Every minute of the day, someone somewhere is suffering avoidably, and that’s inexpressibly bad. Civilisation abounds with preventable human misery, and I think people should think about that regularly, ritualistically, in an act of quasi-religious observance.
Look at the last few hundred years of human history and you see colossal, gut-wrenching waste. Every day, a veritable mountain of human potential gets wasted – bulldozed, dynamited, smashed off the face of the earth. Living, thinking, feeling human beings with the potential to achieve great things and enrich the lives of those around them are wrenched out of the only existence they’ll ever have, often for the most pathetically preventable reasons.
Billions more live, but are stifled – by incredible poverty and the exhausting, life-limiting struggle just to stay afloat, or through being written off as worthless by the societies they live in and denied the encouragement and investment that would let them live secure, comfortable, fulfilling lives.
Wiping out suffering should be the highest, most urgently pursued goal of advanced societies. We should plough capital and resources into righting avoidable wrongs wherever we find them. And until the war on preventable misery has been won, we should sit and think about the lives that are needlessly squashed and wasted and painfully curtailed every day. Continue reading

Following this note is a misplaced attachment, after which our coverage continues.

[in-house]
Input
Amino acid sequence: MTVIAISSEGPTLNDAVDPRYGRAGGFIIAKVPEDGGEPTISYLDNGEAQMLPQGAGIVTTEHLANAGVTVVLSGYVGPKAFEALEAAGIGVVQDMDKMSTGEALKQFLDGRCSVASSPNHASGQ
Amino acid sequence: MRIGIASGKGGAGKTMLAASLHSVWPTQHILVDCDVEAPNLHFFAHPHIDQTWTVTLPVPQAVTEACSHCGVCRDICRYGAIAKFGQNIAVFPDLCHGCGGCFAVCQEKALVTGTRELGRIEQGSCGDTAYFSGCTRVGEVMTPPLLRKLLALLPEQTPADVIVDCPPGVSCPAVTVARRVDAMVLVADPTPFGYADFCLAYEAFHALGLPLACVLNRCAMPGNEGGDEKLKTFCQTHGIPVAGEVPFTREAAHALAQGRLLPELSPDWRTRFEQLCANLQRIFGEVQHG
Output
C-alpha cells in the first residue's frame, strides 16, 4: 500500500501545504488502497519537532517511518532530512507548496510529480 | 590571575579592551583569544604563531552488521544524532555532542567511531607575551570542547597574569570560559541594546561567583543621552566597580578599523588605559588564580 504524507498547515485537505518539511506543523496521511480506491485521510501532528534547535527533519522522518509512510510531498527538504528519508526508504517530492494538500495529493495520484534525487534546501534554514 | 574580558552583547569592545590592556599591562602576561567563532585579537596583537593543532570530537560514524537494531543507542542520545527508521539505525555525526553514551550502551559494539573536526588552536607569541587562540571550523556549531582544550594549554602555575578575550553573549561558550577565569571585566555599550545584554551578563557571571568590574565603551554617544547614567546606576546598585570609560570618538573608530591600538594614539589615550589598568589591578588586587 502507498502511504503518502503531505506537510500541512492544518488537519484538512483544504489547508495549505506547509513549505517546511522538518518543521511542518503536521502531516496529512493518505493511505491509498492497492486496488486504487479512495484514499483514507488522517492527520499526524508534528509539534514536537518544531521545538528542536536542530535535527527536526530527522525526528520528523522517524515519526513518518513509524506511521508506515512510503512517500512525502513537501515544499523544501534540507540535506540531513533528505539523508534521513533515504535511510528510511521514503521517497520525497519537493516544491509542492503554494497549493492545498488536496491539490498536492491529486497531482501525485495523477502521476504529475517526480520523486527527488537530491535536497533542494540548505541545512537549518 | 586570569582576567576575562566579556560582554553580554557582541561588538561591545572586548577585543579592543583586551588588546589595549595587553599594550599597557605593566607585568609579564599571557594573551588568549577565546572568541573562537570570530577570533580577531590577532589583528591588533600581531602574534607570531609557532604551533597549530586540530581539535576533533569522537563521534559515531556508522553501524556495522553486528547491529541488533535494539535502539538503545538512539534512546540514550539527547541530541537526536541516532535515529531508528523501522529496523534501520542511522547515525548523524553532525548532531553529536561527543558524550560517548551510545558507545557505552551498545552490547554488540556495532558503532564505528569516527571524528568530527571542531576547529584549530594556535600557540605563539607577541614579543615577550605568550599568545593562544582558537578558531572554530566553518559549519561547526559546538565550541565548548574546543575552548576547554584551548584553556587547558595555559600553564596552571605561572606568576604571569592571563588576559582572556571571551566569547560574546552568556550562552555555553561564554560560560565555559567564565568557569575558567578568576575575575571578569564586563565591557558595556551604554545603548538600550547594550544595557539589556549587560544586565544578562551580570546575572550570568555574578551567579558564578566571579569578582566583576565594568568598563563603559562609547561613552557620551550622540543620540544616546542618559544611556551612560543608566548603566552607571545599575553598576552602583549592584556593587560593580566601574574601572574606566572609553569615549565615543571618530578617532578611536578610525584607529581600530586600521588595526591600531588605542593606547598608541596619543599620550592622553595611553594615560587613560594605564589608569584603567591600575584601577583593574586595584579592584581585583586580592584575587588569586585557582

Since Mrs Thatcher, British politics has been horrifyingly right-wing. Big business, the financial sector, the corporate media and the Westminster political establishment have colluded to present an extreme neoliberal vision of what society should be like as somehow being ‘centrist’, ‘moderate’, ‘sensible’ – the country’s unquestionable default setting. ‘Fiscal responsibility’ and being ‘a credible alternative’ now mean governing in the interests of the corporate-financial elite, and the wealthiest people in Britain. Politics is now a one-way pipeline – to ‘modernise’ is to give even more ground to the overpaid, overpowered and sociopathically self-interested.
Austerity and the all-consuming fixation with ‘the deficit’ and ‘balancing budgets’ is just an ideological smokescreen, masking the most radical upwards redistribution of wealth in modern history. Between 1997 and 2012, the wealth of the richest thousand people in Britain quadrupled from £99bn to £414bn. In the years since, it’s risen to £547bn. During the same period, wages and living standards for the vast majority have fallen – ignoring inflation, the average worker’s wage is now lower than it was in 1979, a fifth lower for the very poorest. Continue reading
Labour rightist ray of sunshine Luke Akehurst has been criticising Jeremy Corbyn for being a rebellious MP. He’s also been criticising Jeremy Corbyn for everything up to and including having the sheer temerity to exist, but this newest line of attack is especially revealing about the way he and the other Anyone But Corbyn zealots see the world.
Akehurst and others have been heavily implying that Corbyn’s record of defying the Labour leadership in parliament makes him unsuitable to be Labour leader. Asked whether, as a self-described party loyalist, he’d back whoever won the election, Akehurst said he would – bear that in mind if Jeremy does win – but that “Corbyn displayed no loyalty at all to Kinnock, Smith, Blair, Brown and Ed Miliband”.
Meanwhile, waves of spleen-rupturingly funny Labour right-wingers have been tweeting variations on the theme: “lololololol what’s he going to do if he wins, rebel against his own party line?!!???!!!??! Lolololololoololoolololollool”. Continue reading